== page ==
Self-reflection, a necessary task

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Living on the North Shore comes with many expectations, but one of the most prevalent is that we should all be taking high level classes and involved in as many extracurriculars as humanly possible.

While this adds stress to the student body, it also takes away from certain aspects as well. Being so busy running from one activity to the next we lose the time to reflect.
I don’t know this because I have a bunch of time in my schedule that I spend self-reflecting. Rather this idea came to me when I was sitting in Yom Kippur services and was forced to reflect.

Yom Kippur is a Jewish holiday that centers around self-reflection and atonement for previous wrong doings. It is a time where you are asked to contemplate on the past year and ask yourself what changes you will make for the next one.

Usually Yom Kippur is one of my least favorite Jewish holidays. The services tend to be heavy and unlike most Jewish holidays, this one doesn’t focus around food. So when it rolled around this year, needless to say, I wasn’t very excited.Yet as I was sitting in services this year, my mind started to wander away from the melodies that filled the room.

As I was no longer engaged in the service, I began to reflect on the past year. I thought about how I conducted myself and how I could improve myself for this next year.
I pondered how I can be a better daughter, mainly by not getting upset with my mom when I am overwhelmed, or how I can be a better sister, by checking in with my sisters and their lives while they are away at college.

Although I wasn’t paying attention to the prayers at the time, I wouldn’t have had this moment of self reflection without being at services. I needed the reminder to take the time to be introspective.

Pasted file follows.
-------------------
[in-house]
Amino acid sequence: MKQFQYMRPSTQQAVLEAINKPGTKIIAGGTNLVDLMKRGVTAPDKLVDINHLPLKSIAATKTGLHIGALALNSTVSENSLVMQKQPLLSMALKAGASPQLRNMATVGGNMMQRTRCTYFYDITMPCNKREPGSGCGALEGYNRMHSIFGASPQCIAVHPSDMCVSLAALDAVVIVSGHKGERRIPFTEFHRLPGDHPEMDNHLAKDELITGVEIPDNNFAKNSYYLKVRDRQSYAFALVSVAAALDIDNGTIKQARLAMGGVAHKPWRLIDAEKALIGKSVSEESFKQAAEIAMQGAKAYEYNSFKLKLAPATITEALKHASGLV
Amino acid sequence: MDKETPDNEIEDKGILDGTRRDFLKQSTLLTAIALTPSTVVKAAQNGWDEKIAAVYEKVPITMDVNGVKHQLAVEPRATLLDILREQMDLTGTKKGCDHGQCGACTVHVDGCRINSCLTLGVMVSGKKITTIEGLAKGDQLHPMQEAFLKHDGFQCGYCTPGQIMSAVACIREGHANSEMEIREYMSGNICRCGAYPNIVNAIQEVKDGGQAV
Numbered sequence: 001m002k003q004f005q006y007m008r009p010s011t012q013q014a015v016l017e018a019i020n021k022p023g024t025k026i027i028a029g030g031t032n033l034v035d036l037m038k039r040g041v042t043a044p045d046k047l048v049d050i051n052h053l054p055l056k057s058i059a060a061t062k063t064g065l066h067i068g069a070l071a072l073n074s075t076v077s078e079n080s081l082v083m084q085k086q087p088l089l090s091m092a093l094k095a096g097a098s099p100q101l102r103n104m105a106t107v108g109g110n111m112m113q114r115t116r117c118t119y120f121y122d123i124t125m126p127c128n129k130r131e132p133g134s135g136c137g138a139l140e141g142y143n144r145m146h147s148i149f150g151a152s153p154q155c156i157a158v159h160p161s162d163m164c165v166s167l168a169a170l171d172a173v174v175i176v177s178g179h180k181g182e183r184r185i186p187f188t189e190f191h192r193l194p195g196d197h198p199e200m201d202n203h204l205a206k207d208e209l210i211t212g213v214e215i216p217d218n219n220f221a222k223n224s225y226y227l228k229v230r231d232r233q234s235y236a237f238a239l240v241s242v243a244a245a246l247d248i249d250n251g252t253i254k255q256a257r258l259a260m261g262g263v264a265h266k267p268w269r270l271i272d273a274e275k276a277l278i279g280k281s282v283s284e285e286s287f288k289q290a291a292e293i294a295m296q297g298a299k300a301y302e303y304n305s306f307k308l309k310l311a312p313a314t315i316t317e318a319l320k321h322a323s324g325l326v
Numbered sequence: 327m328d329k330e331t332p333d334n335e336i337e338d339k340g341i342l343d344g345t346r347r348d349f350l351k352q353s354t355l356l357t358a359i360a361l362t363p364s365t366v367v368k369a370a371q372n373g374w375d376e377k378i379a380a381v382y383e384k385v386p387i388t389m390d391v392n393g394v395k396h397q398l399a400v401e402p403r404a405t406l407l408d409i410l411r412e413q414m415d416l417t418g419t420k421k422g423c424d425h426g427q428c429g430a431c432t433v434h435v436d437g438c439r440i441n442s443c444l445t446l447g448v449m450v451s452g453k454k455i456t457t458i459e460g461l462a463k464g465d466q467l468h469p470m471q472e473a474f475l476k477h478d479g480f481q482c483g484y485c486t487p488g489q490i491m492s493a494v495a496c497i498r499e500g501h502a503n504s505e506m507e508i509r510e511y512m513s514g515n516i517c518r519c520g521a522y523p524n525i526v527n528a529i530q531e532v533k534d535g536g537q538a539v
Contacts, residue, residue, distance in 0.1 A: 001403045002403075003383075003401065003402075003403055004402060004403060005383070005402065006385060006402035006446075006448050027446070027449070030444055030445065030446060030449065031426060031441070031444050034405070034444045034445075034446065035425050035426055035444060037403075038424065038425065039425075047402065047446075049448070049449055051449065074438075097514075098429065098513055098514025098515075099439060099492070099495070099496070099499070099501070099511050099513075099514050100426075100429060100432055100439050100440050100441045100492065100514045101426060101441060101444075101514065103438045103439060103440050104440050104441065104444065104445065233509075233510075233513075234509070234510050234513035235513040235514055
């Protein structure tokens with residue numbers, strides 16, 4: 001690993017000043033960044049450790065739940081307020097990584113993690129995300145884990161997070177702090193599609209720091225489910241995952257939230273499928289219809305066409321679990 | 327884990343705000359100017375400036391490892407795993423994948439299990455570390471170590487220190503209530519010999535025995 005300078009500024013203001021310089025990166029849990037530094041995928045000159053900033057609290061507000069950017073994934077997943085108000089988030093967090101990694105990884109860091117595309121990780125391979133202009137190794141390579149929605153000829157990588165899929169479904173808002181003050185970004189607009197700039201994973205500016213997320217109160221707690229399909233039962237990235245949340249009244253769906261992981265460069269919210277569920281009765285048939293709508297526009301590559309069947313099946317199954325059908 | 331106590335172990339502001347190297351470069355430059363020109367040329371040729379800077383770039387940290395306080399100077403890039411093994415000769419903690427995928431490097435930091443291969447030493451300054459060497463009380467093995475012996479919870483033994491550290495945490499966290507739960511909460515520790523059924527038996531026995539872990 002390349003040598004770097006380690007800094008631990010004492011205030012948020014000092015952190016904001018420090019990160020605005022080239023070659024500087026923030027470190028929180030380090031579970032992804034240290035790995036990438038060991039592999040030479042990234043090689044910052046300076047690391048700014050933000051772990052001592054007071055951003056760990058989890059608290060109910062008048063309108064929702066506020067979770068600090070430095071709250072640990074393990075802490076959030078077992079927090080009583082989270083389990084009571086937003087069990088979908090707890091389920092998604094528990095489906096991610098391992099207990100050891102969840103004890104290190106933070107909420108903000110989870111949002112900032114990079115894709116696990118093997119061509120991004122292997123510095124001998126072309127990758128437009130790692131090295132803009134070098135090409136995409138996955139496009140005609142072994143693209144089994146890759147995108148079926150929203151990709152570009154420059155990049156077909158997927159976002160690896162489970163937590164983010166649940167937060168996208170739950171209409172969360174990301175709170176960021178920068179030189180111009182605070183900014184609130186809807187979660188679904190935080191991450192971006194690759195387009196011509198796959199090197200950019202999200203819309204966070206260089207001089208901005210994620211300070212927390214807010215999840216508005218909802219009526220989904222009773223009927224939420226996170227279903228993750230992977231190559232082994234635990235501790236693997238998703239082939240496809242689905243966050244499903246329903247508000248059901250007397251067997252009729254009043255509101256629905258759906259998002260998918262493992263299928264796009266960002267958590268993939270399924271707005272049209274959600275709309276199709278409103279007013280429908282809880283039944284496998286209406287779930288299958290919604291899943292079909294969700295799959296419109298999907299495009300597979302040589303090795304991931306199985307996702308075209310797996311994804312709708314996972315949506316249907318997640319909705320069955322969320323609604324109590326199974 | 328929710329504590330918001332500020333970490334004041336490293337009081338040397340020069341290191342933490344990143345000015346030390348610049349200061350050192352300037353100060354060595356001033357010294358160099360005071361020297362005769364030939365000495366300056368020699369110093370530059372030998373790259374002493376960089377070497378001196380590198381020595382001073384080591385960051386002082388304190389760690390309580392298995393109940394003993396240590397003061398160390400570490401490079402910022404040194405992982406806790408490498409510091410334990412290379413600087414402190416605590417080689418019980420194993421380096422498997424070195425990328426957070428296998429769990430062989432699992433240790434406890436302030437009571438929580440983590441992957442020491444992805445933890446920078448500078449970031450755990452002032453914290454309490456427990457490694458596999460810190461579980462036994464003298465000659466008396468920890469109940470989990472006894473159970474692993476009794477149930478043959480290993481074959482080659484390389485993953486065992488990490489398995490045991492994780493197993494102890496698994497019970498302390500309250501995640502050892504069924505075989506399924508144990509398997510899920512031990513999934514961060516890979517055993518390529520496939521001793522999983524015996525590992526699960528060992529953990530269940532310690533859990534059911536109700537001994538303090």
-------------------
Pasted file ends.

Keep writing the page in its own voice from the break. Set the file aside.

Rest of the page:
I know self reflection isn’t easy and it’s not something we always want to do, but that doesn’t mean it’s not important.

Most students enjoyed their day off by relaxing, spending time with friends and the occasional few used this time to catch up on homework. The day was not spent reflecting. I don’t mean to sound pompous, I most likely would have spent my day the same way if I wasn’t Jewish.

Although I seemed to stumble across my own self-reflection, it’s something I believe everyone should actively engage in.

Whether realized or not, we all need time to reflect—a designated time to press pause on our busy lives and think about how we can be a better version of ourselves.

This doesn’t need to be a big to-do, just a few minutes to cognizantly think about your actions and what you want to improve on. I know many of us would rather spend these few minutes doing something else, or claim we don’t have time, but taking this time plants the seeds for growth-that you are unable to achieve if you don’t take the time to reflect.

To me, self reflection and growth are what Yom Kippur is about and those qualities aren’t exclusive to Judaism. Rather they are things we can all benefit from. Sometimes we just need a nudge. Perhaps Yom Kippur isn’t too bad after all.